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Wednesday, 11 November 1998
Page: 218

Mr TRUSS (Agriculture, Fisheries and Forestry) (5:15 PM) —The government does not support the opposition's amendments to the Child Support Legislation Amendment Bill 1998 . They were proposed when this debate took place previously. We opposed them on that occasion and nothing has happened in the interim to lead us to change that position. We have taken on board some opposition amendments in the early stages of the debate but we do not propose to accept these.

The bill makes the child support scheme more flexible and equitable. It encourages parents to cooperate in finding ways to support their children and at the same time it confirms that the parents have the primary responsibility for the support of their children.

One of the amendments proposed by the opposition is intended to ensure that fringe benefits are counted as income in assessing child support. The government supports the principle of counting fringe benefits in assessing child support payments, but we are not anxious to deal with this matter in isolation. The government proposes to address this issue as part of its wider reform of the fringe benefits tax arrangements. The tax reform package will provide for fringe benefits to be included on group certificates and therefore to be included in income for child support purposes. The necessary legislation is being prepared and is expected to be introduced to the House quite soon.

The second part of the opposition amendments would add a significant reporting burden to parents by requiring them to notify any changes to their income greater than 15 per cent. Changes would have to be notified on a monthly basis. These amendments would add greatly to the reporting burden of the parents with fluctuating incomes, without benefiting the children. Under the current system parents can choose to notify such changes now. The government believes there is no need for a further parliamentary inquiry into the two particular issues raised by the opposition. I referred earlier to the Joint Select Committee on Certain Family Law Issues inquiry which was a very comprehensive inquiry and examined these issues with the benefit of public inquiries and the full joint powers of the houses. The government is in the process of responding to those findings and undertaking whatever consultation is necessary to address those sorts of issues.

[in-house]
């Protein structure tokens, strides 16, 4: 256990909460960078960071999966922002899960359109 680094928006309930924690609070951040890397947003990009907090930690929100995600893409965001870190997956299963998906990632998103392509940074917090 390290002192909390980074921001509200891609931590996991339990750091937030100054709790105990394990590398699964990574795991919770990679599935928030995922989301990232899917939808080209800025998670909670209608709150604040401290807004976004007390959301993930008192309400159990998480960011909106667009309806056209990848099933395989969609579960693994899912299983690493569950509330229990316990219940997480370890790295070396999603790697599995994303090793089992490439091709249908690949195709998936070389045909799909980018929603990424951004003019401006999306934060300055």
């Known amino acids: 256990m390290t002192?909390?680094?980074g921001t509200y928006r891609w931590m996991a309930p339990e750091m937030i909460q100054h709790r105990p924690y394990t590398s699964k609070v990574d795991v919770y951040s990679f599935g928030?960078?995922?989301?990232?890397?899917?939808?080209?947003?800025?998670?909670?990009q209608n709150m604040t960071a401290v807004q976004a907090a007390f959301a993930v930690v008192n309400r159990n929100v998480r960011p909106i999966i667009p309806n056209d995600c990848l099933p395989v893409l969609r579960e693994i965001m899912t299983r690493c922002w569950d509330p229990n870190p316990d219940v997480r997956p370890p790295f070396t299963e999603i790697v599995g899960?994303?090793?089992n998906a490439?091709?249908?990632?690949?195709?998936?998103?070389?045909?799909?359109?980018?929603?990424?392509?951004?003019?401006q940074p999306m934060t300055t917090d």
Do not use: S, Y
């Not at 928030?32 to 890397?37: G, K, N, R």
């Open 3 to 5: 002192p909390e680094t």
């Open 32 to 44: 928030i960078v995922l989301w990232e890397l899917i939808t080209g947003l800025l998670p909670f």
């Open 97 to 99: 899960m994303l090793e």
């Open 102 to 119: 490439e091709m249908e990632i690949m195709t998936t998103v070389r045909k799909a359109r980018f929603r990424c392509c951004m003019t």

The final issue raised by the honourable member for Lilley was that the government sees no merit in duplicating the existing provisions regarding making false and misleading statements. These sorts of statements are already prohibited and we regard the existing safeguards as effective.

The government believes that this bill reflects a balanced approach to the reforms of child support arrangements and we do not support the opposition's amendments. We wish that the bill will have a speedy passage.

Amendments negatived.

Bill agreed to.

Madam DEPUTY SPEAKER (Hon. J.A. Crosio) —The question is that this bill be reported to the House without amendment.

Question resolved in the affirmative.